Home Diet 5 Ways to Enjoy Millet: Easy, Quick and Nutritious Recipes

5 Ways to Enjoy Millet: Easy, Quick and Nutritious Recipes

by Shatakshi Gupta

Millets are small-seeded grains that are rich in fibre, protein, minerals and antioxidants. They are gluten-free, easy to digest and have a low glycemic index, making them ideal for people with diabetes, celiac disease or gluten intolerance. Millet can also help lower cholesterol, blood pressure and inflammation in the body. Millets are versatile and can be used to make a variety of dishes, from breakfast porridge to dinner pilaf. Here are five healthy, quick and tasty recipes made up of millets that you can try at home.

  1. Basic Millet

This is a basic recipe for how to cook millet. You can do a lot with this very-good-for-you grain. Add butter, honey, milk, etc. For a tasty breakfast that is a great change from oatmeal. You can also use cooked millet to make salads, stir-fries, burgers or casseroles.


  • 3 cups water
  • 1 cup millet
  • ¼ teaspoon salt


  • Rinse the millet under running water and drain well.
  • In a medium saucepan, bring the water and salt to a boil over high heat.
  • Add the millet and reduce the heat to low. Cover and simmer for 20 to 25 minutes or until the water is absorbed and the millet is fluffy.
  • Fluff with a fork and serve hot or cold as desired.
  • Barnyard Millet Bisi Bele Bath

Also Read: Millets: The Superfood – Learn About the Nutrition and Health Benefits of Various Millets

Bisi bele bath is a traditional south Indian dish made from cooked rice and lentils. But in this recipe, we have used barnyard millet to add to the fibre and nutrition of the dish. Barnyard millet is popularly used during fast on many Hindu festivals. Barnyard millet is low in carbohydrates, but has a similar energy value to all the other millet. Its high in fibre and a good source of B-complex. This dish is spicy, tangy and loaded with vegetables. It is a complete meal in itself.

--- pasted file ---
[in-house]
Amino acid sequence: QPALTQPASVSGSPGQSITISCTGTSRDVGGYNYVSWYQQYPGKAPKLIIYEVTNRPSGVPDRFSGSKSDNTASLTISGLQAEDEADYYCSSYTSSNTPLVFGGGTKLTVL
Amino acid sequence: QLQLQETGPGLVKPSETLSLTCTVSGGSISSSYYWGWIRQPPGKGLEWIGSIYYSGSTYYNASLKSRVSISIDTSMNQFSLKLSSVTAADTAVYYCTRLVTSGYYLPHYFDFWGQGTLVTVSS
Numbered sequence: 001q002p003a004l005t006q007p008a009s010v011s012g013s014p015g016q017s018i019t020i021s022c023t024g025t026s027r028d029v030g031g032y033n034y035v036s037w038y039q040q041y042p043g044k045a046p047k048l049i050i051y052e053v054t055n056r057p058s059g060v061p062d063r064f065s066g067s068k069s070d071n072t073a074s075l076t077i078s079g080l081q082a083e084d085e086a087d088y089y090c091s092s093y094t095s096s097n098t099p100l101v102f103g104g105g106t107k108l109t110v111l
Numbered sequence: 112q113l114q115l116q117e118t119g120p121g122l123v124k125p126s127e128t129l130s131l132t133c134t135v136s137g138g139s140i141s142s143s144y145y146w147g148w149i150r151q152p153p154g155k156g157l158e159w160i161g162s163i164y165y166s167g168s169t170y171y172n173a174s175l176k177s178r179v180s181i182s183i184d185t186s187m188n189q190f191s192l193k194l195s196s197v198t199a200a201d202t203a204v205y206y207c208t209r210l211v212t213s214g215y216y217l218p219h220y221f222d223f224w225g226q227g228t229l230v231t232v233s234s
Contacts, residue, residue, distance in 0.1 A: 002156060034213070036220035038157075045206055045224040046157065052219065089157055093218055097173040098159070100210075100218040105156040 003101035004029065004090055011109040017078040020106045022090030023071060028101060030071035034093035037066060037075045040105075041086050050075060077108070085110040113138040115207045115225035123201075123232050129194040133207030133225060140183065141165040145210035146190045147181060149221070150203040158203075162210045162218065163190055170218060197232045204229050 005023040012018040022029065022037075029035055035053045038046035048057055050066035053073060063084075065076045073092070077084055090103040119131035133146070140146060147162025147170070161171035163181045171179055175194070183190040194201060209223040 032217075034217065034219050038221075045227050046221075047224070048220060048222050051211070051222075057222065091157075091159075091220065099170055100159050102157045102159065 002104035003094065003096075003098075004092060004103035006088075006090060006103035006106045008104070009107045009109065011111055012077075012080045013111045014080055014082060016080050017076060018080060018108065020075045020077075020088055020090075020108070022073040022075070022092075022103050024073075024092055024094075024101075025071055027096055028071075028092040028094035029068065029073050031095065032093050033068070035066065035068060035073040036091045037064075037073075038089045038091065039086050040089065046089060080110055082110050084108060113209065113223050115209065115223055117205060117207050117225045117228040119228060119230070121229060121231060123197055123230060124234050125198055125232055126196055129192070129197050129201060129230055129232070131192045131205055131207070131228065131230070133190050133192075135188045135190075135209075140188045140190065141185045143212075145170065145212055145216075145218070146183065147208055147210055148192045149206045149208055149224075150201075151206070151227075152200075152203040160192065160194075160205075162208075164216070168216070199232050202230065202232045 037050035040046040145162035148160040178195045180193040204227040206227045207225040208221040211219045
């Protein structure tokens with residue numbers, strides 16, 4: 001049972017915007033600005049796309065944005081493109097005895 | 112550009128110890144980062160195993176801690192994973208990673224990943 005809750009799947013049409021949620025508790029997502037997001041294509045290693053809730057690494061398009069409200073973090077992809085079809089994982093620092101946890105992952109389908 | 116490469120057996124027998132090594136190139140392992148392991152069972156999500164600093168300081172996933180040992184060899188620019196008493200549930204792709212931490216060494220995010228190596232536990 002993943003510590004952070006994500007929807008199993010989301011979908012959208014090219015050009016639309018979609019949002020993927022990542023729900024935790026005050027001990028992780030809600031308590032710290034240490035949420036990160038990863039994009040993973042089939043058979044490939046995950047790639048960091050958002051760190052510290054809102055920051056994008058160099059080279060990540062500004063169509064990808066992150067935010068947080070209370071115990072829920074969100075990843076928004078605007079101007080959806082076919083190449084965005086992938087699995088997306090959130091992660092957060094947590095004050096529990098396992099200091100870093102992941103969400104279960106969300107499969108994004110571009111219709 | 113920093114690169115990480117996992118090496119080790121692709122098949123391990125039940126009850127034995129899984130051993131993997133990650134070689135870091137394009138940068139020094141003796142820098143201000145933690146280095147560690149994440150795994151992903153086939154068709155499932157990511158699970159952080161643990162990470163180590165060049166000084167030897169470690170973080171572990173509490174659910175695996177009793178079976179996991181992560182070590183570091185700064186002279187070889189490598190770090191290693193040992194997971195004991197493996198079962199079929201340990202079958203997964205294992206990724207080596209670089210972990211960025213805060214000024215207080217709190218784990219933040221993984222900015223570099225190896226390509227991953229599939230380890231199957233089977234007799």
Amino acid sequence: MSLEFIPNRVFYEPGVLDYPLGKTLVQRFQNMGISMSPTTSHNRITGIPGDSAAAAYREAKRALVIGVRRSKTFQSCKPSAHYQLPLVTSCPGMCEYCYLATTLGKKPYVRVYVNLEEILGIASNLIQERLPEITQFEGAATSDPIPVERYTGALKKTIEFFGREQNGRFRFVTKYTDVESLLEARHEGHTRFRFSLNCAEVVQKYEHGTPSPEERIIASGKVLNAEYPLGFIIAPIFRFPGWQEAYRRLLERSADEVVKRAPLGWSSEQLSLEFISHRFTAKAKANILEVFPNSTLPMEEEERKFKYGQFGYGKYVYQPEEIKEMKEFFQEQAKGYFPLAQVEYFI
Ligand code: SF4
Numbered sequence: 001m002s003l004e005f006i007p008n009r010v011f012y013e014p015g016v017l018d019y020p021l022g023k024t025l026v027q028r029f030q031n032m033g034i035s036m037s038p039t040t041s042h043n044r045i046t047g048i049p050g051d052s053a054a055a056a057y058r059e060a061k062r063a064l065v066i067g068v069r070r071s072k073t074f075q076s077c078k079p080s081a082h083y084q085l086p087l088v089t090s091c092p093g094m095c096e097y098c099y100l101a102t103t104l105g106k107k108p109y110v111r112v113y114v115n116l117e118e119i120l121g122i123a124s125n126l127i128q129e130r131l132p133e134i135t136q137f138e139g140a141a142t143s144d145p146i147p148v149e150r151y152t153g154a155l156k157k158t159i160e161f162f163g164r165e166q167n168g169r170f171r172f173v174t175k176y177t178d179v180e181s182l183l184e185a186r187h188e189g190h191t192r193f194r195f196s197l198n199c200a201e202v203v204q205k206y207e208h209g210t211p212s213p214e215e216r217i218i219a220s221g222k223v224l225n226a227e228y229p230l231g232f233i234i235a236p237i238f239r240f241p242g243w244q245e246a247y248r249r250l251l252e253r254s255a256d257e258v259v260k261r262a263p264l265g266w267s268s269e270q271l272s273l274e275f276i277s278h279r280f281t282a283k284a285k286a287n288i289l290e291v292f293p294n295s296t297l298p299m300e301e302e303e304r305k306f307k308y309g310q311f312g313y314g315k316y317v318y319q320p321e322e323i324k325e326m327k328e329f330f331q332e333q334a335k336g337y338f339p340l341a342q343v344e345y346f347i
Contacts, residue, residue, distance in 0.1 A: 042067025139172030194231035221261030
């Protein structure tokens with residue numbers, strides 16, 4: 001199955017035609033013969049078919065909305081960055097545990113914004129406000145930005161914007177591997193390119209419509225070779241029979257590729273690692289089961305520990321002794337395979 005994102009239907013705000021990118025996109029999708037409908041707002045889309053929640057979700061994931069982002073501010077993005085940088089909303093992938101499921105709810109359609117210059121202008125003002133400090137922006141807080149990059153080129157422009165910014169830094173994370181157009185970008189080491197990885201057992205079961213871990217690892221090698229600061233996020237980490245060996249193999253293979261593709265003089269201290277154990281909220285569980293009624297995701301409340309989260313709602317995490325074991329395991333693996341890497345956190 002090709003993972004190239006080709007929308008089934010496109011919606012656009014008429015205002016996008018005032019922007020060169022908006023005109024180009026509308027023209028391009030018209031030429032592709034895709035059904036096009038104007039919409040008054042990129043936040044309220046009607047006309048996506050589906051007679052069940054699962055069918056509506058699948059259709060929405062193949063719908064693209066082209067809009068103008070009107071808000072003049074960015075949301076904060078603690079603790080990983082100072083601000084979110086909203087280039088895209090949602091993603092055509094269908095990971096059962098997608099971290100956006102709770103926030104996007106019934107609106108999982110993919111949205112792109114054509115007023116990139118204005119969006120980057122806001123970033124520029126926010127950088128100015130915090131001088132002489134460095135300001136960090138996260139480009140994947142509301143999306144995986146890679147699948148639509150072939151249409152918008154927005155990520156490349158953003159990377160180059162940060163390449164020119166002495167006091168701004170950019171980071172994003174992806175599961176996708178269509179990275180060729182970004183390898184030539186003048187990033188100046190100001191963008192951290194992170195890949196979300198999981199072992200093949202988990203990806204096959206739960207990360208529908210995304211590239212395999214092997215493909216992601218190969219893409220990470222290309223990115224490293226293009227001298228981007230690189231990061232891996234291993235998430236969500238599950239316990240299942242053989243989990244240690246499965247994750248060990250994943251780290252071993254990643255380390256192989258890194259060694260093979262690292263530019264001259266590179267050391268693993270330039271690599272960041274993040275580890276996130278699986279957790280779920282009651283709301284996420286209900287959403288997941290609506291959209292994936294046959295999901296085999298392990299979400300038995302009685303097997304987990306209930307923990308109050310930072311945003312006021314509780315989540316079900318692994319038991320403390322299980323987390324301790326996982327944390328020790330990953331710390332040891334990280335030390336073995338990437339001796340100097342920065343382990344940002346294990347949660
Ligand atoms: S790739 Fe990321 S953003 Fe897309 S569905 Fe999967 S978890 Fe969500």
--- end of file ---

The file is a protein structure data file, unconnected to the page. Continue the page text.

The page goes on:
Ingredients for the bisi bele bath:

  • ¼ cup bisi bele bath spice powder
  • 10 pearl onions, peeled
  • 1 green bell pepper, diced
  • 2 carrots, diced
  • ¼ cup green peas
  • ½ cup green beans, diced
  • 1 potato, peeled and diced
  • 1 drumstick, cut into 1 inch pieces
  • 2 tomatoes, roughly chopped
  • 1 ½ cups tamarind water
  • 2 teaspoons jaggery
  • Salt to taste
  • 1 cup barnyard millet
  • 1 cup split toor dal
  • ½ teaspoon turmeric powder

For the tempering:

  • 1 tablespoon ghee
  • 1 teaspoon mustard seeds
  • ½ teaspoon cumin seeds
  • 2 dry red chillies
  • 1 sprig curry leaves

For garnishing:

  • Coriander leaves


  • Wash and soak the barnyard millet and toor dal separately for 15 minutes.
  • In a pressure cooker, add the soaked barnyard millet, toor dal, turmeric powder, salt and 4 cups of water. Cook for 4 whistles or until soft.
  • In another pressure cooker, add the pearl onions, bell pepper, carrots, green peas, green beans, potato, drumstick, tomatoes, tamarind water, jaggery, salt and bisi bele bath spice powder. Cook for 2 whistles or until the vegetables are cooked.
  • In a small pan, heat ghee and add mustard seeds. When they crackle, add cumin seeds, dry red chillies and curry leaves. Fry for a few seconds and turn off the heat.
  • In a large pot or kadai, mix the cooked barnyard millet-dal mixture and the cooked vegetable mixture. Adjust the consistency by adding water if needed. Bring it to a boil and simmer for 10 minutes.
  • Add the tempering and mix well.
  • Garnish with coriander leaves and serve hot with raita or papad.
  • Foxtail Millet Upma

Upma is a popular south Indian breakfast dish made from semolina or rava. But in this recipe, we have used foxtail millet instead of rava to make it more nutritious and filling. Foxtail millet is also known as thinai in Tamil, korra in Telugu and navane in Kannada. It is one of the oldest cultivated millets and has a high protein content. It also helps regulate blood sugar levels and cholesterol levels. This upma is easy to make and can be customized with your choice of vegetables and spices.